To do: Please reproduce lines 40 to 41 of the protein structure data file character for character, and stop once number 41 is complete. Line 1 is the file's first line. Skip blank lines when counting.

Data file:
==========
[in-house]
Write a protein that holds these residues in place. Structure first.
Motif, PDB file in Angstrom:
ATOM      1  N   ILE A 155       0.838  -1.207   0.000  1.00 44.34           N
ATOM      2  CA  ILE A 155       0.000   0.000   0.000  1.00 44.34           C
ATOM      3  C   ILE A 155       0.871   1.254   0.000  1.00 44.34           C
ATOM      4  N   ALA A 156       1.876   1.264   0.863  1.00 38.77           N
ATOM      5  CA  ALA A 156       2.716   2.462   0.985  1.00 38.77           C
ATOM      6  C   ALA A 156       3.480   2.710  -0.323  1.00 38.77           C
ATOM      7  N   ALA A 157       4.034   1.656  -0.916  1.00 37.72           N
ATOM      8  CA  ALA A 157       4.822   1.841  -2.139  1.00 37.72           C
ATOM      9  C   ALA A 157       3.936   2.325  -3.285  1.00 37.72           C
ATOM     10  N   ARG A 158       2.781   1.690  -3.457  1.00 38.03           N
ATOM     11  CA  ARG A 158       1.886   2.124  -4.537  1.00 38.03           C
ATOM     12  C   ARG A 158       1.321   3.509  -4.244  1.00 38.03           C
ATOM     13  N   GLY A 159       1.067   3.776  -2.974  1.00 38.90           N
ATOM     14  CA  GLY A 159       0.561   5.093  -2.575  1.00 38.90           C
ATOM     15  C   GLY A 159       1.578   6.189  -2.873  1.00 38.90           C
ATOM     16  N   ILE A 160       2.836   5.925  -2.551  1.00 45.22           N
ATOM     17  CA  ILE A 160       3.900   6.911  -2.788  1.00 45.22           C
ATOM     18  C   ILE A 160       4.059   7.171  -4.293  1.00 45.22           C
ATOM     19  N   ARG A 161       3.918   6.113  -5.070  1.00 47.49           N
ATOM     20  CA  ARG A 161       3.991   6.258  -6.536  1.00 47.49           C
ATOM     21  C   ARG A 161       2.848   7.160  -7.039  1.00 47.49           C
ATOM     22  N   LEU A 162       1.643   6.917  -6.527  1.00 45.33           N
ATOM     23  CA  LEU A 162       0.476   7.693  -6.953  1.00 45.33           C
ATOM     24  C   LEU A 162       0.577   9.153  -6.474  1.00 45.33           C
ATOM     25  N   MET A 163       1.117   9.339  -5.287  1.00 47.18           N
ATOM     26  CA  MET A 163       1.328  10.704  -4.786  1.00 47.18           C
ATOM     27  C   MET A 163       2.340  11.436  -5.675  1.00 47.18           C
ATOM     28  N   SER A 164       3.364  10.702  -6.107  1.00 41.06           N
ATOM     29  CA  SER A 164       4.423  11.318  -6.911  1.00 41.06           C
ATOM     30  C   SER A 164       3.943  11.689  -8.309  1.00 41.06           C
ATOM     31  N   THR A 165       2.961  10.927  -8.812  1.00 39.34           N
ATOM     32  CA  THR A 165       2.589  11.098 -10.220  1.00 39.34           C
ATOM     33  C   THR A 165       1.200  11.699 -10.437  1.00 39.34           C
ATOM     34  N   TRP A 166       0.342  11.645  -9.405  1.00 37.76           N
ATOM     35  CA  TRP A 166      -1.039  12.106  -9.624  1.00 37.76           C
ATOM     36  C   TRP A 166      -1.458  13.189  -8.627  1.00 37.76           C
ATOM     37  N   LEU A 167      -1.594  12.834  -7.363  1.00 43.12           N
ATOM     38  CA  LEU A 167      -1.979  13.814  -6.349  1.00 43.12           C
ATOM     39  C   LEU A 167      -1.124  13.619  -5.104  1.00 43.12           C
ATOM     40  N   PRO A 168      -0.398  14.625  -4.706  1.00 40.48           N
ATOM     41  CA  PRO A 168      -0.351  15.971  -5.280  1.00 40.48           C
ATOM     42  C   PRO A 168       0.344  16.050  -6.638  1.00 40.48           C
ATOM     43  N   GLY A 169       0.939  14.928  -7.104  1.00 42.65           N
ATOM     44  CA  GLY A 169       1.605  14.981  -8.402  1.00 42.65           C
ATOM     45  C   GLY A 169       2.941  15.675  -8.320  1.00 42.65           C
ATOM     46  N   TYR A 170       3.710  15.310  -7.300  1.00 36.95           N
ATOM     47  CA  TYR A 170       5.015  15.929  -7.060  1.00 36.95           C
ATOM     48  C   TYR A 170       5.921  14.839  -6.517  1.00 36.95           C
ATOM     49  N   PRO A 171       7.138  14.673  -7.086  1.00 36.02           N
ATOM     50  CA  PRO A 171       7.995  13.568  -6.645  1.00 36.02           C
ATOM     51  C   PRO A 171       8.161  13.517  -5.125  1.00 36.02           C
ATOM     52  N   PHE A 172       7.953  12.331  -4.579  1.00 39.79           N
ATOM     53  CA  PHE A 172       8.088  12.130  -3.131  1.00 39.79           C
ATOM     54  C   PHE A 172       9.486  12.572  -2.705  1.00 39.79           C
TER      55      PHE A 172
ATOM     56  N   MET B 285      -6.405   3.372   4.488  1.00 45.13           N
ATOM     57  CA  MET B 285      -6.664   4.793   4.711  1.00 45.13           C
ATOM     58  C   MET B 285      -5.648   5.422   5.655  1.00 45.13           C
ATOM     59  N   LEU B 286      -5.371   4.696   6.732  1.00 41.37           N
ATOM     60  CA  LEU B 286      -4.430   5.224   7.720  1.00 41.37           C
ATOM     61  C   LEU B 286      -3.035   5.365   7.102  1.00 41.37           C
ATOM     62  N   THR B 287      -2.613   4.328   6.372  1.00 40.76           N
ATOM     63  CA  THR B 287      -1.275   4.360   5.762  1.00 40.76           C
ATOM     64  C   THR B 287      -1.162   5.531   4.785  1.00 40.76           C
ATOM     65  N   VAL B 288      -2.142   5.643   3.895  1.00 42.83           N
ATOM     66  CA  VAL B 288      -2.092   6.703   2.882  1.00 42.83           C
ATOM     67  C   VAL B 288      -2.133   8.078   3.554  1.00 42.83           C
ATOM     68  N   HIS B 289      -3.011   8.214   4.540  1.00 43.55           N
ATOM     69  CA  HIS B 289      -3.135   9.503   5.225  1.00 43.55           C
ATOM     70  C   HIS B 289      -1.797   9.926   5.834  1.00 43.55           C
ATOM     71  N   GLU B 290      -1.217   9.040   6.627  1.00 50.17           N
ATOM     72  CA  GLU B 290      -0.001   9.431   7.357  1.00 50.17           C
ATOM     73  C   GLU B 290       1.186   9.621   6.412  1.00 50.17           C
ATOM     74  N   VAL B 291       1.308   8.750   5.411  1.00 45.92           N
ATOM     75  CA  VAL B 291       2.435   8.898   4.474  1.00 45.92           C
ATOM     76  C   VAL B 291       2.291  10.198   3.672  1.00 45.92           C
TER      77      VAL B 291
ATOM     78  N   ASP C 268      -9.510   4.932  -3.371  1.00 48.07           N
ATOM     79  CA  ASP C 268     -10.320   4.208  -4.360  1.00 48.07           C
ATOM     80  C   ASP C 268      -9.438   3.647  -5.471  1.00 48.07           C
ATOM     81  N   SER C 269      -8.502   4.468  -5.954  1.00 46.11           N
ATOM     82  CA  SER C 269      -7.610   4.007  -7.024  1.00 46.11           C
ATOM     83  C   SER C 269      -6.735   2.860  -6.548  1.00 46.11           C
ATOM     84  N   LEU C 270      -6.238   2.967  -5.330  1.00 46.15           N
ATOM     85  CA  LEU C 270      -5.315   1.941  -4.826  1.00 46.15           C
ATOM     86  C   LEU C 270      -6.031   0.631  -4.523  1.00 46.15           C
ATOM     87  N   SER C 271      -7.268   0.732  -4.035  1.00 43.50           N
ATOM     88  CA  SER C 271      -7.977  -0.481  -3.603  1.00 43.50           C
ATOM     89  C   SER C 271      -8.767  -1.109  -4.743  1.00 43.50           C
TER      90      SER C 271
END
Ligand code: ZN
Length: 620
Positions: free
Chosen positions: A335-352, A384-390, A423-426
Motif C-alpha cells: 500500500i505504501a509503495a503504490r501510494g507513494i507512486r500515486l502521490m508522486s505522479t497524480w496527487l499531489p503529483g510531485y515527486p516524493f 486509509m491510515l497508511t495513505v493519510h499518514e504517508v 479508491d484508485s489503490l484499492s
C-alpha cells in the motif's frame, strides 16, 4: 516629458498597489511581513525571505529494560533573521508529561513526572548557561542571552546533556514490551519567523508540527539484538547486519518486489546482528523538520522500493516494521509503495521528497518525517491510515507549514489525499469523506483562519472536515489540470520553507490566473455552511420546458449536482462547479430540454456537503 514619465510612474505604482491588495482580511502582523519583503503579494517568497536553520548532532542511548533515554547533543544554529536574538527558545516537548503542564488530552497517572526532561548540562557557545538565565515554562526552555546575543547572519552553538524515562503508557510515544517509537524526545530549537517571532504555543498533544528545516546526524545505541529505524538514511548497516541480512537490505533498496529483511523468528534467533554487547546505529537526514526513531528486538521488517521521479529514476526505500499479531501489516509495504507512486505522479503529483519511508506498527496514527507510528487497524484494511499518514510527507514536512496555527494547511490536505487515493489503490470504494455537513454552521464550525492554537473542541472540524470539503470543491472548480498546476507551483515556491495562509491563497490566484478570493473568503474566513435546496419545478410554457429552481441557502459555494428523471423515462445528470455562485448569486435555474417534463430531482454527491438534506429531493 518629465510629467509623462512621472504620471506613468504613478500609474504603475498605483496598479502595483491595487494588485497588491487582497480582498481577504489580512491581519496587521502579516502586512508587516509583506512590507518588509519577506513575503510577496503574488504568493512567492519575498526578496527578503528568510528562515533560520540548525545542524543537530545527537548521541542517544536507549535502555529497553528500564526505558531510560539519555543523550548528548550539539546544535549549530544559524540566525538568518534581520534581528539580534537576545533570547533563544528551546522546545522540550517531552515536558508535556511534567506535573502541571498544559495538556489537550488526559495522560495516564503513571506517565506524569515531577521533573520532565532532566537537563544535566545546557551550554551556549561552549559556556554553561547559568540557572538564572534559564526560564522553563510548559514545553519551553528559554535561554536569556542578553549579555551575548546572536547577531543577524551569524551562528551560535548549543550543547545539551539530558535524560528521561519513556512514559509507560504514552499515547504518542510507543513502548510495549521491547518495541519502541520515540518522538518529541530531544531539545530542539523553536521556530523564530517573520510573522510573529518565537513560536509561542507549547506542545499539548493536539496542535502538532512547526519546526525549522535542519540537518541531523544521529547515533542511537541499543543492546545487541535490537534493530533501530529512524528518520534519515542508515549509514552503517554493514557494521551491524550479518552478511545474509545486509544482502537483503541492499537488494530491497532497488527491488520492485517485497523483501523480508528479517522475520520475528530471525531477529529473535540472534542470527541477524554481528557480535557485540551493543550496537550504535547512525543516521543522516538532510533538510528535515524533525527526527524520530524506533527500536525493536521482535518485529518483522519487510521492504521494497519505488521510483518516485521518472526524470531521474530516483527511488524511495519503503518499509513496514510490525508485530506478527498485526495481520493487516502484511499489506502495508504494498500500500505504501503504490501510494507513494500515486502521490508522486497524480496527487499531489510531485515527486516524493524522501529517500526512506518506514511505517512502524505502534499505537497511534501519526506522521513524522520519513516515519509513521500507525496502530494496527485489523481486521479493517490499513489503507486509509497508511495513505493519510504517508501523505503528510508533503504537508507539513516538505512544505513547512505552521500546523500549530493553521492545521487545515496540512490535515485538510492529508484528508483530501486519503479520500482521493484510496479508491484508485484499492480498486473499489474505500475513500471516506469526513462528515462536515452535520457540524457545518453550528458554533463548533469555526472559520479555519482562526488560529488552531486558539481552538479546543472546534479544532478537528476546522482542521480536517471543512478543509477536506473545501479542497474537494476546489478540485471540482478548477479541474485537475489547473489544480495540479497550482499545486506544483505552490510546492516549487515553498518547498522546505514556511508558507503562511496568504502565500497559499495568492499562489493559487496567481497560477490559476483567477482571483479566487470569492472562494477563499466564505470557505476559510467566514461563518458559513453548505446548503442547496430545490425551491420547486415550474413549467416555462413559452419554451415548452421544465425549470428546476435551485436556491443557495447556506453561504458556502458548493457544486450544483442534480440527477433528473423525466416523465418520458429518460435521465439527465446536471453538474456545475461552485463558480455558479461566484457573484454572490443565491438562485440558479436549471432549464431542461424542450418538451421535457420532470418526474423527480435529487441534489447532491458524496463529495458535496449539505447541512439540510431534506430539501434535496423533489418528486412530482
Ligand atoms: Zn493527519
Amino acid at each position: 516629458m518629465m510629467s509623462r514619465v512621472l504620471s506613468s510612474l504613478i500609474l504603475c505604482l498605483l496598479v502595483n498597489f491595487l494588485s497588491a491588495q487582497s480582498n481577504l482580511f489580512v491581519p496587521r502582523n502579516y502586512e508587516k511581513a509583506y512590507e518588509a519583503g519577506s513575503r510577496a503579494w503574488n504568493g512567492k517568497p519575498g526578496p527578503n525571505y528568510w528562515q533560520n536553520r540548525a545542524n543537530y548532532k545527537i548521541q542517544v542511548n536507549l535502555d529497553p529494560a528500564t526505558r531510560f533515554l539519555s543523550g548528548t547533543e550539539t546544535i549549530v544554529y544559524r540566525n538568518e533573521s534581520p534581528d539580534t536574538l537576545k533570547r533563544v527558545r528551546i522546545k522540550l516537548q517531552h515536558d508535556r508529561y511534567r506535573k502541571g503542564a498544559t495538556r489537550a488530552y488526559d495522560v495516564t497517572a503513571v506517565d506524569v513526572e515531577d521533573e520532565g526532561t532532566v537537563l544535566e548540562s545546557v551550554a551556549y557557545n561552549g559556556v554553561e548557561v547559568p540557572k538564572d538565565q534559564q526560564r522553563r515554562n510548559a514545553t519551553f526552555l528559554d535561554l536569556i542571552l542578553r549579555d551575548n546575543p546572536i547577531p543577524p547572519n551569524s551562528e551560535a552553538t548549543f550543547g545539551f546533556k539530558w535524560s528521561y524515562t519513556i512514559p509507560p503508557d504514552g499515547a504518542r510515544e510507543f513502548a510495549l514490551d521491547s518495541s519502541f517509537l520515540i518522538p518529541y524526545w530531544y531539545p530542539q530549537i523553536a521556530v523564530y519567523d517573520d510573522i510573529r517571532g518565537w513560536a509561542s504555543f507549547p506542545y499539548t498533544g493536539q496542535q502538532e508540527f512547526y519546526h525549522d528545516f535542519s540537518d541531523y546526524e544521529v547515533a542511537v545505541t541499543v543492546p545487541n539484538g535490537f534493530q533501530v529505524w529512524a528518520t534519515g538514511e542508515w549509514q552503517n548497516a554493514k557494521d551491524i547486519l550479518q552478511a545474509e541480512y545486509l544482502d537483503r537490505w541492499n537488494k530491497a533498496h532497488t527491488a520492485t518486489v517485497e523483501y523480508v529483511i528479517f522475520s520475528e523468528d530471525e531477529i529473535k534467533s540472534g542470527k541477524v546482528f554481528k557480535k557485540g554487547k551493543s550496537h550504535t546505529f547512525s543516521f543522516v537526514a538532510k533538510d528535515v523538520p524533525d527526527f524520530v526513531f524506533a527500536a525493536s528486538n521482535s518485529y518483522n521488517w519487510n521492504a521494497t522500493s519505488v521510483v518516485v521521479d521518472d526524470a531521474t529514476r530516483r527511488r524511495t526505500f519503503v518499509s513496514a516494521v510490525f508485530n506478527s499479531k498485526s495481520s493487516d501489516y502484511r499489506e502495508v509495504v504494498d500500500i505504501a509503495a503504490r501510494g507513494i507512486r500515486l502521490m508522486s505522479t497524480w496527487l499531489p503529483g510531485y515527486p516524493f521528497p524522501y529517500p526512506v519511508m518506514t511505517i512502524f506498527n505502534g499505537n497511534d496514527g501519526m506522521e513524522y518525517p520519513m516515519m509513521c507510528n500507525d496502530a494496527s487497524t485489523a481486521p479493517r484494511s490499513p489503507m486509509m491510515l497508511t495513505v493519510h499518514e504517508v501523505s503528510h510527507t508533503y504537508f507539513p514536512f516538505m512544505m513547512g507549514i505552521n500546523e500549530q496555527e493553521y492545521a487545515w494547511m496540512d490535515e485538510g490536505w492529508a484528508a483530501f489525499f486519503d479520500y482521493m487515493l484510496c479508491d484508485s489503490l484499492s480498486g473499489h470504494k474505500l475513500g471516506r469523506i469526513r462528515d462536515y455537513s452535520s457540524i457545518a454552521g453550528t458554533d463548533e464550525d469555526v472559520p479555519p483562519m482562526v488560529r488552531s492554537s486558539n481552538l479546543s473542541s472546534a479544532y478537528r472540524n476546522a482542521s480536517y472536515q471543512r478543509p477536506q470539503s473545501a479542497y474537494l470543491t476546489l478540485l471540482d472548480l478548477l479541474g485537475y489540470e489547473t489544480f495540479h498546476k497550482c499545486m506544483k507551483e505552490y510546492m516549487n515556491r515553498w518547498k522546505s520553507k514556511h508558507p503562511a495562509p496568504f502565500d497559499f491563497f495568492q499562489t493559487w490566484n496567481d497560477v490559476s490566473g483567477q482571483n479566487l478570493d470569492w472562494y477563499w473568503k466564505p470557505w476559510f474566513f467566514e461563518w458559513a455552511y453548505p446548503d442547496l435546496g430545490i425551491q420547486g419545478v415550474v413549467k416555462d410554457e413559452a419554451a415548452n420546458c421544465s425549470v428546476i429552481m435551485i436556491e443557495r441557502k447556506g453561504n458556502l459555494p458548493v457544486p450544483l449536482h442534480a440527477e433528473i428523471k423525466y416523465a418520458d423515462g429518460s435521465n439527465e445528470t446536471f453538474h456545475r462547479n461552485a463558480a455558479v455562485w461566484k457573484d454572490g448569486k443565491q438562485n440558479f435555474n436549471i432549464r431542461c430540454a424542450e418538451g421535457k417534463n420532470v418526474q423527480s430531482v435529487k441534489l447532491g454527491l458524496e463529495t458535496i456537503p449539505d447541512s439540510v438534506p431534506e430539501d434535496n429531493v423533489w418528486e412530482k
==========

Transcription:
ATOM     37  N   LEU A 167      -1.594  12.834  -7.363  1.00 43.12           N
ATOM     38  CA  LEU A 167      -1.979  13.814  -6.349  1.00 43.12           C